Smart Characterization provides a framework for integrating sequence stratigraphy and high-resolution site characterization methods to develop flux-based conceptual site models. The method includes a three-dimensional graphical analysis that defines contaminant transport pathways and plume maturity using a three compartment hydrofacies classification system (i.e. storage, slow advection and transport). The approach quantifies mass transport potential using a relative flux metric. Typically 90% of the mass transport at a given site occurs in less than 10% of the aquifer matrix. The three compartment model can also be applied to source areas where adaptive, high-frequency soil sampling are used to characterize mass distribution in all hydrofacies, including low-permeability storage zones, that can impact remedy performance. Conceptual site models based on mass transport allow for better informed and more focused remedies that reduce capital expenditure and long-term cost. These concepts were recently demonstrated through an Air Force Civil Engineering Center BAA project (BAA 967). The BAA field demonstration illustrates that even under difficult drilling and sampling conditions, the Smart Characterization approach can be used to evaluate mass distribution, mass transport, and assess overall risk and remedy for a site. The contaminants of concern were RDX and TNT break down products.

Agenda:


1:00 - 1:10
Welcome & Introduction
Jeff Brewer, EM CX; Jean Balent, EPA


1:10 - 1:40
Application of Drones to Munitions Projects
John England - Kemron Environmental Services


1:40 - 2:10
Use of Drone Surveys to Evaluate Munitions Disposal Features
Toni Mehraban & Robert Windell - Parsons


2:10 - 2:40
Robotics for Vegetation Clearances
Ray Velazquez - ECC


2:40 - 3:00
Break
 


3:00 - 3:30
Remote Controlled Vegetation Clearances
Chris ten Braak - Parsons


3:30 - 4:00
Case Studies of Rapid Chemical Destruction of Bulk and Residual Energetics
Valentine Nzengung, Ph.D - MUNIREM


4:00 - 4:30
Smart Characterization- An HRSC Approach for Determining Preferential Pathways for Complex Sites
Patrick Curry, PG, CPG - ARCADIS


4:30 - 5:00
Questions and Open Discussion
Jeff Brewer/All


Military Munitions Support Services Series Archives

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Rehabilitation Act Notice for Reasonable Accommodation

It is EPA's policy to make reasonable accommodation to persons with disabilities wishing to participate in the agency's programs and activities, pursuant to the Rehabilitation Act of 1973, 29 U.S.C. 791. Any request for accommodation should be made to Jeffrey Brewer at 256-895-1504 or Jeffrey.S.Brewer@usace.army.mil, preferably one week or more in advance of the webinar, so that EPA will have sufficient time to process the request. EPA would welcome specific recommendations from requestors specifying the nature or type of accommodation needed. Please note that accommodation requests for closed captioning are not necessary. Closed captioning is being provided for all CLU-IN webinars as of October 1, 2016.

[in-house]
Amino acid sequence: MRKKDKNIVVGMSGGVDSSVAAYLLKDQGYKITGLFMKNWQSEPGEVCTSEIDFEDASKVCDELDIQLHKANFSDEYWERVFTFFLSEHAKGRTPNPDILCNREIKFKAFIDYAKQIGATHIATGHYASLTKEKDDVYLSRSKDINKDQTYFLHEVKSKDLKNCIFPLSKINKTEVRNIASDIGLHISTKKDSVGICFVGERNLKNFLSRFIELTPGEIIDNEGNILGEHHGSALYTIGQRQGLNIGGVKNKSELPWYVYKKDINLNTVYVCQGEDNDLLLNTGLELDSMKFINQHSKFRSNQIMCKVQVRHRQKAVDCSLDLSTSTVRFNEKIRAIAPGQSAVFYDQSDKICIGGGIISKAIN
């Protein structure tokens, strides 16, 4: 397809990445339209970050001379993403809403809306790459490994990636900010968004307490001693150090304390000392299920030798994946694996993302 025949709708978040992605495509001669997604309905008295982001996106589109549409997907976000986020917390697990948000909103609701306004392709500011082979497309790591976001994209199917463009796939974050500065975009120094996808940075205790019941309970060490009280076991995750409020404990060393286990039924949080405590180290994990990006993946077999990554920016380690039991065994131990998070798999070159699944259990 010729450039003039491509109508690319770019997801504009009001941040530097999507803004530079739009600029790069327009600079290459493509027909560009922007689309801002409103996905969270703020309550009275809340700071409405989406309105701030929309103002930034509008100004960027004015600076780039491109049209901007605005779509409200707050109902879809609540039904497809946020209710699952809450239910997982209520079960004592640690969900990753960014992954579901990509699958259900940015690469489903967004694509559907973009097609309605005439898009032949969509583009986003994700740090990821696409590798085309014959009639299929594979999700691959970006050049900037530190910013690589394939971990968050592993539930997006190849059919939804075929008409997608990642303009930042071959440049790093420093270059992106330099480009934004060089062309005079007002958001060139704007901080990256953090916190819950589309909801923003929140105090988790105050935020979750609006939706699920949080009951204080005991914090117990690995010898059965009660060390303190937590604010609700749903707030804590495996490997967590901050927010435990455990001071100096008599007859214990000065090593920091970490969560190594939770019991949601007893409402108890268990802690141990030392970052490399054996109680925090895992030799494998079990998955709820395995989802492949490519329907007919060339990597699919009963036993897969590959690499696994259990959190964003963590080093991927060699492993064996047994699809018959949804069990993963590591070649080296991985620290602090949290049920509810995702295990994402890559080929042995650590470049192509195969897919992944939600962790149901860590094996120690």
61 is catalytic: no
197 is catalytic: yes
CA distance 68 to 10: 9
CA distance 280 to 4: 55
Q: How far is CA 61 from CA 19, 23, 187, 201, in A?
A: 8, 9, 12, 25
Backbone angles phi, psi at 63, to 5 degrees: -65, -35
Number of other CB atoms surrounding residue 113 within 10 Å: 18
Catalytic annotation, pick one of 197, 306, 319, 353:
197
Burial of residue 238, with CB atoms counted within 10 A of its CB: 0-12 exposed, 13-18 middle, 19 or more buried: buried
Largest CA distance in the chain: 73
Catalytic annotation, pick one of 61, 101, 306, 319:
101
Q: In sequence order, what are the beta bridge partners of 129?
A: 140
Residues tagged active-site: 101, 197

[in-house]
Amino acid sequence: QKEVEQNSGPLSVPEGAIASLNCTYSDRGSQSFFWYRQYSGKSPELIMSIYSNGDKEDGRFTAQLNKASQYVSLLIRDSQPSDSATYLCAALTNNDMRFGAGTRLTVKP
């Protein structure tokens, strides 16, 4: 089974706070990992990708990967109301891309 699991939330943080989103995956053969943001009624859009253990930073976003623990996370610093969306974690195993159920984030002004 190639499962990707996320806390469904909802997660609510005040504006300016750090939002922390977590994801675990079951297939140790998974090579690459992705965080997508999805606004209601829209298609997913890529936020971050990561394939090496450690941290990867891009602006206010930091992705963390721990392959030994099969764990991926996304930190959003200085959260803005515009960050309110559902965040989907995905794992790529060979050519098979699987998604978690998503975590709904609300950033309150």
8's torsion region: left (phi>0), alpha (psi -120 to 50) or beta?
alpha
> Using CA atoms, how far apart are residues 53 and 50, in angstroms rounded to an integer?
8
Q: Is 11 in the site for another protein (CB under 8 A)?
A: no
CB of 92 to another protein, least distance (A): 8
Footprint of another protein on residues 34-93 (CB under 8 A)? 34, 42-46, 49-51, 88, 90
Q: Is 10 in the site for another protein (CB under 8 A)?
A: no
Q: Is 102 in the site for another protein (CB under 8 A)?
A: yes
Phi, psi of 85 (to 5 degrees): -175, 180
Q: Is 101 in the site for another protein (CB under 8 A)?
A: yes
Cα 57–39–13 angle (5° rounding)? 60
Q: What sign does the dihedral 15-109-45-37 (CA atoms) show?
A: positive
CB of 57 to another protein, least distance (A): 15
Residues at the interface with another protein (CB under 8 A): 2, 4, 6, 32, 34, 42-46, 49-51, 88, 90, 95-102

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Presenters:

John England, Kemron Environmental Services (jengland@kemron.com)


Toni Mehraban, Parsons (toni.mehraban@parsons.com or 801-553-3312)


Robert Windell, Parsons (robert.windell@parsons.com or 801-553-3344)


Ray Velazquez, ECC (RVelazquez@ecc.net)


Chris ten Braak, Parsons


Valentine Nzengung, Ph.D, MUNIREM (vnzengung@munirem.com or 706-316-3525)


Patrick Curry, PG, CPG, ARCADIS (Patrick Curry@arcadis.com or 810-225-1926)


Moderators:

Jeff BrewerJeff Brewer, EM CX (Jeffrey.S.Brewer@usace.army.mil or 256-895-1504)
Mr. Brewer has worked in the Ordnance and Explosives field since 1992. In his current position as an OESS with the EM CX in Huntsville, AL. Mr. Brewer supports multiple agencies performing independent technical reviews for safety submissions, work plans and remedial response reports. He is also the a member of the EMCX training team, providing instruction on ordnance and explosives subject matter, as well as HAZWPR refresher training for USACE, Army Environmental Command and the Army National Guard. Currently Mr. Brewer is the USACE FUDS Training Coordinator organizing webinars and on-site training for the FUDS Probram. Before coming to the EM-CX, Mr. Brewer was an OESS for the USACE Baltimore District form 2006 to 2014. In 2001 he started working for the 20th Chemical Command on Edgewood Arsenal, MD, until 2006. Mr Brewer has also served as an Explosive Ordnance Disposal Technician in the US Marine Corps and US Air Force Reserves.


Jean BalentJean Balent, U.S. EPA Technology Innovation and Field Services Division (balent.jean@epa.gov or 703-603-9924)
Ms Balent is on the staff of the EPA's Technology Innovation and Field Services Division where she has worked to collect and disseminate hazardous waste remediation and characterization information since 2003. Ms Balent manages the Clean Up Information Network website and actively supports online communication and collaboration resources available to EPA. She formerly worked with the US Army Corps of Engineers Environmental Engineering Division in the Buffalo District. Ms Balent was also a member of the SUNY-Buffalo Groundwater Research Group where she constructed and tested large scale models of groundwater flow. Ms Balent has also conducted research relating to the Great Lakes, environmental remediation, and brownfields re-development. She holds a Bachelor's degree in environmental engineering from SUNY-Buffalo and a Master's degree in Information Technology from AIU.



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Jean Balent
Technology Integration and Information Branch

PH: (703) 603-9924 | Email: balent.jean@epa.gov
Michael Adam
Technology Integration and Information Branch

PH: (703) 603-9915 | Email: adam.michael@epa.gov